Some simple math can help us here. When looking to optimize anabolism and satiety, the number meals you eat throughout the day should be a divisor of the total amount of calories you eat.
If you eat 3,000 calories per day, then breaking that into 6 500 calorie meals would probably give you sufficient food to feel satisfied, while not demanding so much that you need to turn to lower quality foods in order to hit your per-meal calorie targets. On the other hand, if you eat only 2,000 calories per day, eating five 400-calories meals is not a satiating option, but eating four 500-calorie meals would be more filling.
Each of these meals should contain a minimum of 30 grams of protein (the amount which research has shown is necessary to maximally stimulate protein synthesis). This pulse of protein can also be effectively spaced out and repeated throughout the day for the biggest increases in protein synthesis. If your calories are so low that you can't get 30 grams of protein at each meal, sprinkle on a little leucine or have a BCAA drink with your meal to cover your bases in the protein synthesis department.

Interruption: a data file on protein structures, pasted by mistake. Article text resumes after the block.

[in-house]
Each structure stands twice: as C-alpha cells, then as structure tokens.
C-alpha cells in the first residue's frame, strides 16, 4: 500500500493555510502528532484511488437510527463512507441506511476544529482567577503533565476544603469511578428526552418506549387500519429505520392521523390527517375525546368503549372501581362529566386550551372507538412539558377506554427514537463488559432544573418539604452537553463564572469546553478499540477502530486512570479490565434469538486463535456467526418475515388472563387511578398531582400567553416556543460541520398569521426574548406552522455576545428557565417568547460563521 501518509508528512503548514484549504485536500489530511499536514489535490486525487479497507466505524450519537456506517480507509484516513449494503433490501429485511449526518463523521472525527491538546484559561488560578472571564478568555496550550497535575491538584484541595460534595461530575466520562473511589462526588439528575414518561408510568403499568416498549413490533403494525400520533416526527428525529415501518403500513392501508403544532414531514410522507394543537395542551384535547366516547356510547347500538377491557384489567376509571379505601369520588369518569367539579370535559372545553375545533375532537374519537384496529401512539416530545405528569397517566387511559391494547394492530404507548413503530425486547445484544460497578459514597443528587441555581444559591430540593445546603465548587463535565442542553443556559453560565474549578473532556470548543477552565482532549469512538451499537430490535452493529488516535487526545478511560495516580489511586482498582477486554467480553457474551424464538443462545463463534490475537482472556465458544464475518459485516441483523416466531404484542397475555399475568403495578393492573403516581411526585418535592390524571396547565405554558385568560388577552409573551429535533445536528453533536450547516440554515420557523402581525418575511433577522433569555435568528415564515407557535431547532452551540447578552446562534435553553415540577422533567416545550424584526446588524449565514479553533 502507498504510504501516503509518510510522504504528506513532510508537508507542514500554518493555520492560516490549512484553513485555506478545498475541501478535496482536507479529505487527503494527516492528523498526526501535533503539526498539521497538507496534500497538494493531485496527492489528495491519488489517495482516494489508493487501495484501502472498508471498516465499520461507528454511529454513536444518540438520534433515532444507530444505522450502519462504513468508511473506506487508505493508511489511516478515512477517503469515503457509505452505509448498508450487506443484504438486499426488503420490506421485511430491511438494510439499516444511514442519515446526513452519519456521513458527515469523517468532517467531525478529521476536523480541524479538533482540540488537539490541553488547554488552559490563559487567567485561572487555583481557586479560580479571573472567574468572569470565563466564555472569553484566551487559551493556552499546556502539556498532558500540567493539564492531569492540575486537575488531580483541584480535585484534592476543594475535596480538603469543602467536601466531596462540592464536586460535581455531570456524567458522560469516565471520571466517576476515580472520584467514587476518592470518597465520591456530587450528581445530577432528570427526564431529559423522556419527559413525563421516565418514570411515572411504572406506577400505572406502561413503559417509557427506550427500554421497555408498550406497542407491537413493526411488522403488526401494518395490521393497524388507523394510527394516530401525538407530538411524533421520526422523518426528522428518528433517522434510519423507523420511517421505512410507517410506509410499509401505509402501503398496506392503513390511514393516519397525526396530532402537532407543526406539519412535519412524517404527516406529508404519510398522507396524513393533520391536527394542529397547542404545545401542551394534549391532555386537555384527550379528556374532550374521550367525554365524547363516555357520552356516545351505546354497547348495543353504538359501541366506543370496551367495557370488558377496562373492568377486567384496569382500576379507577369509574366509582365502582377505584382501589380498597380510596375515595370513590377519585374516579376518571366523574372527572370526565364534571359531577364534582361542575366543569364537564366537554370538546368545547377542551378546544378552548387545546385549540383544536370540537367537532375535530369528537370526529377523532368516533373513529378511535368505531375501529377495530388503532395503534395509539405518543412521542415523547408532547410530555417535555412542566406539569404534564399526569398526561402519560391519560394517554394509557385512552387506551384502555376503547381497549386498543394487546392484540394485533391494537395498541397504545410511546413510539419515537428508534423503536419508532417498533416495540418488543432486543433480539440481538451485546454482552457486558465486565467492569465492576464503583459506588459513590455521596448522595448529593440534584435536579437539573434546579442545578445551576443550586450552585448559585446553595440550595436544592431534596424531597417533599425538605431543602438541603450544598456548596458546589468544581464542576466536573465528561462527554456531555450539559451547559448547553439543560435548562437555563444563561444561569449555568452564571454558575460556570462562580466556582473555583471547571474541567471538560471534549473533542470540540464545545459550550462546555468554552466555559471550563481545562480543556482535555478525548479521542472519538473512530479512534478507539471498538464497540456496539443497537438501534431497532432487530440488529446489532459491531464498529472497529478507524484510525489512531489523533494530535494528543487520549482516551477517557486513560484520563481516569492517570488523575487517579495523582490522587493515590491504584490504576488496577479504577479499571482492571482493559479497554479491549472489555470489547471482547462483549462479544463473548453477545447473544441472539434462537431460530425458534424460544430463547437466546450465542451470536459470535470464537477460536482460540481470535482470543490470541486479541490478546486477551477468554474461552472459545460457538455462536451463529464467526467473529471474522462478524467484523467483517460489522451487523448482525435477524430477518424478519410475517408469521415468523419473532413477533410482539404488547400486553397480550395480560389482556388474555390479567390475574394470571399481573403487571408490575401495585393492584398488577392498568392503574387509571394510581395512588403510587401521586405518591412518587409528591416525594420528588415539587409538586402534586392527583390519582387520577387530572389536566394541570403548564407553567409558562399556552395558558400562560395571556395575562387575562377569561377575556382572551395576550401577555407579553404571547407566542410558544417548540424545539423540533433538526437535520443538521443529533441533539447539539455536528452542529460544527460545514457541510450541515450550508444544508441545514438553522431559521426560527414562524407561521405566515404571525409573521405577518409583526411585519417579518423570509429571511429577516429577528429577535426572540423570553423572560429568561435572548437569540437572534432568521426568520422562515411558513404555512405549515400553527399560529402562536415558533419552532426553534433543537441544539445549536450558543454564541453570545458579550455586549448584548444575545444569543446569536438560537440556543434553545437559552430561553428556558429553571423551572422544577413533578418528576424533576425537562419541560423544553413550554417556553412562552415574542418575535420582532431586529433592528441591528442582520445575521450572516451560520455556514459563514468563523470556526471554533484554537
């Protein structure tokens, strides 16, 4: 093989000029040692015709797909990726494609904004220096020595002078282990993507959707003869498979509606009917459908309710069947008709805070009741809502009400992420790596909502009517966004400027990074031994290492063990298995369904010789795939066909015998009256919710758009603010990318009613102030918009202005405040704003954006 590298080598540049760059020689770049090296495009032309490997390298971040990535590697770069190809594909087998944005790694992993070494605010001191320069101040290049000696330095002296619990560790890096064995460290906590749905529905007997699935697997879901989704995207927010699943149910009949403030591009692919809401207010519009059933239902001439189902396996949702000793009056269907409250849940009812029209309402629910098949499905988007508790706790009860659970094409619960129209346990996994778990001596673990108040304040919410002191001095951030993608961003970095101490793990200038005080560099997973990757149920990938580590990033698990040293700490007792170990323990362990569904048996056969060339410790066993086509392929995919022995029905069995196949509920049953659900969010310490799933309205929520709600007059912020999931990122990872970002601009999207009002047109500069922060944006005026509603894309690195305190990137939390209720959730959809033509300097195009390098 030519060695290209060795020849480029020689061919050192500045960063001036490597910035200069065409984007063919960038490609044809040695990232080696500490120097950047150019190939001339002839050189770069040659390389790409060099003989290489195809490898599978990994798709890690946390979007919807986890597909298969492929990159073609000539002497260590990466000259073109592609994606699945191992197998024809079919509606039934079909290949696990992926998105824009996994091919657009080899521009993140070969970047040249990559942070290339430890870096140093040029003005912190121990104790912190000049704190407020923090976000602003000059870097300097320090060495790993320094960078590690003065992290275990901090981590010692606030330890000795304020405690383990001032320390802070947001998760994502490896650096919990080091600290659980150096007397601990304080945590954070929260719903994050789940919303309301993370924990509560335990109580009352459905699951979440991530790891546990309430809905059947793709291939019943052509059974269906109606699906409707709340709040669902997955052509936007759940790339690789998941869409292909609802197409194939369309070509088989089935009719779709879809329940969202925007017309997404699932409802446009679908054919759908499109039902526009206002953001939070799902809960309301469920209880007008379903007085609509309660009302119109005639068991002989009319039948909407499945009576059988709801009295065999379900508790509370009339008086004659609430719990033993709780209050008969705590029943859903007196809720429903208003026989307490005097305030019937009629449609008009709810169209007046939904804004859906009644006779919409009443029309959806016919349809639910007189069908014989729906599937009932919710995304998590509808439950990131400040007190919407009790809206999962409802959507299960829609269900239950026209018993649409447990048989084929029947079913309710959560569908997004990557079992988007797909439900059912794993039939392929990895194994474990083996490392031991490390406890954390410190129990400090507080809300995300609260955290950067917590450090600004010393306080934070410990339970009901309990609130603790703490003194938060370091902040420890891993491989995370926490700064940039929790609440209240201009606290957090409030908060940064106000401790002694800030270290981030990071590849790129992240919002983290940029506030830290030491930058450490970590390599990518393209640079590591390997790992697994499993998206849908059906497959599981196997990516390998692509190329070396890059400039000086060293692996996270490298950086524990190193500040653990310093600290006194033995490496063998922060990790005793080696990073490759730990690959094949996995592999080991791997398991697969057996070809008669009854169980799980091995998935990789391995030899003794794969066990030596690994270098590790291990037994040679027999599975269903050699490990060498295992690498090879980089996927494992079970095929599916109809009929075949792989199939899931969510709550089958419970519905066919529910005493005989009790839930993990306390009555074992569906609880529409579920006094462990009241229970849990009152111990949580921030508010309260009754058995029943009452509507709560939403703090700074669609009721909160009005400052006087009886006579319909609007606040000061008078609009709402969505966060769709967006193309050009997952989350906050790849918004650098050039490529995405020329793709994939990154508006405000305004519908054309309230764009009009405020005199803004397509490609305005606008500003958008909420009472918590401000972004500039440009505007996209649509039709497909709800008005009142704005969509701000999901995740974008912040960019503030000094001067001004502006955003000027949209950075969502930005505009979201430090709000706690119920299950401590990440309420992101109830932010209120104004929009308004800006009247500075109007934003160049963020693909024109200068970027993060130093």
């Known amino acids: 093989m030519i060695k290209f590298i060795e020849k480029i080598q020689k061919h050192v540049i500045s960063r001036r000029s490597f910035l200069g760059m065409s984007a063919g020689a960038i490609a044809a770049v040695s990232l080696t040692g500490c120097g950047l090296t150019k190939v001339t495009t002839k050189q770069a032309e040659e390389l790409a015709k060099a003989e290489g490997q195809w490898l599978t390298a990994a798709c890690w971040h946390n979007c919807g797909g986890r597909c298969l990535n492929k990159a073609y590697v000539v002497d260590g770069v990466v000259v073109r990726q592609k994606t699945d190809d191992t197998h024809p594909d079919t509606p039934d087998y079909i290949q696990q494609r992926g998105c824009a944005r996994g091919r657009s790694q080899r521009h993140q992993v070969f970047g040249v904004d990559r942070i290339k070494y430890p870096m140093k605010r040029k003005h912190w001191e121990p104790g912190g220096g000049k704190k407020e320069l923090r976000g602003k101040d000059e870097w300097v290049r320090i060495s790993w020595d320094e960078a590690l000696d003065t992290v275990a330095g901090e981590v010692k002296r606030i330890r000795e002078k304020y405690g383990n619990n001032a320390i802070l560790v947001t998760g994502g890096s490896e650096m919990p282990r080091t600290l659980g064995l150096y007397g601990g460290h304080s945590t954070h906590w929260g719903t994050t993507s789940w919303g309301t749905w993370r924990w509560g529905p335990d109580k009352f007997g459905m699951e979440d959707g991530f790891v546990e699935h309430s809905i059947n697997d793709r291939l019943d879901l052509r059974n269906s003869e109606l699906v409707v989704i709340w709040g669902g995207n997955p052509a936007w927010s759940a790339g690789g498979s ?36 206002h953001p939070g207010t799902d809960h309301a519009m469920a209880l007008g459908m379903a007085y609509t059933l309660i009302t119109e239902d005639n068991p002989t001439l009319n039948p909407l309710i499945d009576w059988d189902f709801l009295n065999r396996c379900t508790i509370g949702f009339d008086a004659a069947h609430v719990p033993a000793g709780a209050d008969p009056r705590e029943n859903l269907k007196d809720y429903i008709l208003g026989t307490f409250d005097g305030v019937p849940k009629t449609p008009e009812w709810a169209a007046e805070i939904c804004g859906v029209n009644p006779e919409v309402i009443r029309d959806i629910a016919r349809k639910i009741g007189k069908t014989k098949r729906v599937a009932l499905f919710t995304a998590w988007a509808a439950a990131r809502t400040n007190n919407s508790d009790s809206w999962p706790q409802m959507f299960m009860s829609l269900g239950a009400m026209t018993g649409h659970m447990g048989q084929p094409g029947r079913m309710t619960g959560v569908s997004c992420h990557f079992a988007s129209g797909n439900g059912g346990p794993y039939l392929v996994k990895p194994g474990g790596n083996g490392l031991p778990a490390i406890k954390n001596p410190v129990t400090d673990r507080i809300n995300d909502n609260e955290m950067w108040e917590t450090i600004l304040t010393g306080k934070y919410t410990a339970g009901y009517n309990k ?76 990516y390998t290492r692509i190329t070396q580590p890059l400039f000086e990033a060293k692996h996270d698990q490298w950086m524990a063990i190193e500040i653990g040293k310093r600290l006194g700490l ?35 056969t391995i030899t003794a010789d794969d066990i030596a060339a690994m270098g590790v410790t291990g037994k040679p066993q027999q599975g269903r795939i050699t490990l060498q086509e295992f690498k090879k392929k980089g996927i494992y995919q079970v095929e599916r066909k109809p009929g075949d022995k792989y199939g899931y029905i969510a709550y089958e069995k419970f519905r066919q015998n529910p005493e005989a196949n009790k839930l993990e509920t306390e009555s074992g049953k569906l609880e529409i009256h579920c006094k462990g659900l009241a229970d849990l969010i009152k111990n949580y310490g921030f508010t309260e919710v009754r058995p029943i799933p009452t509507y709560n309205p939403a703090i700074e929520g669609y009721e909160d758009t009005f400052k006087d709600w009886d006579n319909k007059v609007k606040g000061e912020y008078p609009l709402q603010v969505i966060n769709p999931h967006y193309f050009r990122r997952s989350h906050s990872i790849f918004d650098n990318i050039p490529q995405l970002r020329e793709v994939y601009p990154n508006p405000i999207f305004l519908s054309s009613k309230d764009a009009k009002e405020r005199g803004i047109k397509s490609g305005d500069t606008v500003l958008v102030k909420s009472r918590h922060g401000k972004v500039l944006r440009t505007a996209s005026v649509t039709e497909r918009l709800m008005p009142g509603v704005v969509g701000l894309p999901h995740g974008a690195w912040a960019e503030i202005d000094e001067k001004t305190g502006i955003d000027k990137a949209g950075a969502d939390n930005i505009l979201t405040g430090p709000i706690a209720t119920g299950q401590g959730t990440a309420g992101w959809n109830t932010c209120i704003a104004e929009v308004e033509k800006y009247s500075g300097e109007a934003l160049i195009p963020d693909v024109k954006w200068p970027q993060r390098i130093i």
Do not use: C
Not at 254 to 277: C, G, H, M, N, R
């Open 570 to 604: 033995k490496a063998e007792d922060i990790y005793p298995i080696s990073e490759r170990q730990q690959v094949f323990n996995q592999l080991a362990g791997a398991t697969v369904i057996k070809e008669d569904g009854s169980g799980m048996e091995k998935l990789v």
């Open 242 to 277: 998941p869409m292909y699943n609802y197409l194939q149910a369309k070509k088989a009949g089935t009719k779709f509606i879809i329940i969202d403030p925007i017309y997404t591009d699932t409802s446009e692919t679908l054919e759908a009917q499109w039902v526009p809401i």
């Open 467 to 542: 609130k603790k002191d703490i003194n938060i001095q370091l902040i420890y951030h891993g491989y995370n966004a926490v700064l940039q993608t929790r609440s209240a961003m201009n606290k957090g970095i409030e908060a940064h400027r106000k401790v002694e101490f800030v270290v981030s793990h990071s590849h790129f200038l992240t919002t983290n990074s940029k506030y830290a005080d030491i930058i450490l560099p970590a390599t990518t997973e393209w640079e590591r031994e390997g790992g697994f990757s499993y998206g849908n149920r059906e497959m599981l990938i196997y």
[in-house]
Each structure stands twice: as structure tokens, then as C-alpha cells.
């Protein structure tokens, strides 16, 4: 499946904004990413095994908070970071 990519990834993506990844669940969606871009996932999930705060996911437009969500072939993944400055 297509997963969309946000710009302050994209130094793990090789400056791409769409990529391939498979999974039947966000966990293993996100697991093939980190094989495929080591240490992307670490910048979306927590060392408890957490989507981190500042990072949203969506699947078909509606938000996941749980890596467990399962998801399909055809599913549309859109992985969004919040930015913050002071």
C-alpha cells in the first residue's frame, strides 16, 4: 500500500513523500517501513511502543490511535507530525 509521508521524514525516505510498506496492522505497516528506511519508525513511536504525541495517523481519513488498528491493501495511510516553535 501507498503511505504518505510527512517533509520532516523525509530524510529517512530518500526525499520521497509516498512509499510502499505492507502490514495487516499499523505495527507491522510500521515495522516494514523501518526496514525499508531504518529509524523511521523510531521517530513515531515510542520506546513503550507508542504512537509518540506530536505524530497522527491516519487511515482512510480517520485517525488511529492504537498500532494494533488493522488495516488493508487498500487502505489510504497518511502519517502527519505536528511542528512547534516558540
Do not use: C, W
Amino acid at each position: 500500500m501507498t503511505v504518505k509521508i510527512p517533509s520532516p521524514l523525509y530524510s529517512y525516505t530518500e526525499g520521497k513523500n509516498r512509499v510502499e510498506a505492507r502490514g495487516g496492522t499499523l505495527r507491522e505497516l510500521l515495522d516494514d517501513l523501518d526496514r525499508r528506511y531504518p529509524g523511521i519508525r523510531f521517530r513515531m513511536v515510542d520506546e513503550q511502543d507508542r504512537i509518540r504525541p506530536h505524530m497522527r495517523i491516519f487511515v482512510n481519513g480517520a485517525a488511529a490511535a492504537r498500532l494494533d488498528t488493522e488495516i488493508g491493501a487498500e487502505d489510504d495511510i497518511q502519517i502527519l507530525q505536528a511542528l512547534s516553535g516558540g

Remember when planning these meals that size is directly connected to satiety, so don't make them too small to be filling. Not a big-time planner? You can still do this. Just eat a solid, protein-rich meal every 3-4 hours, and you'll be more or less on track.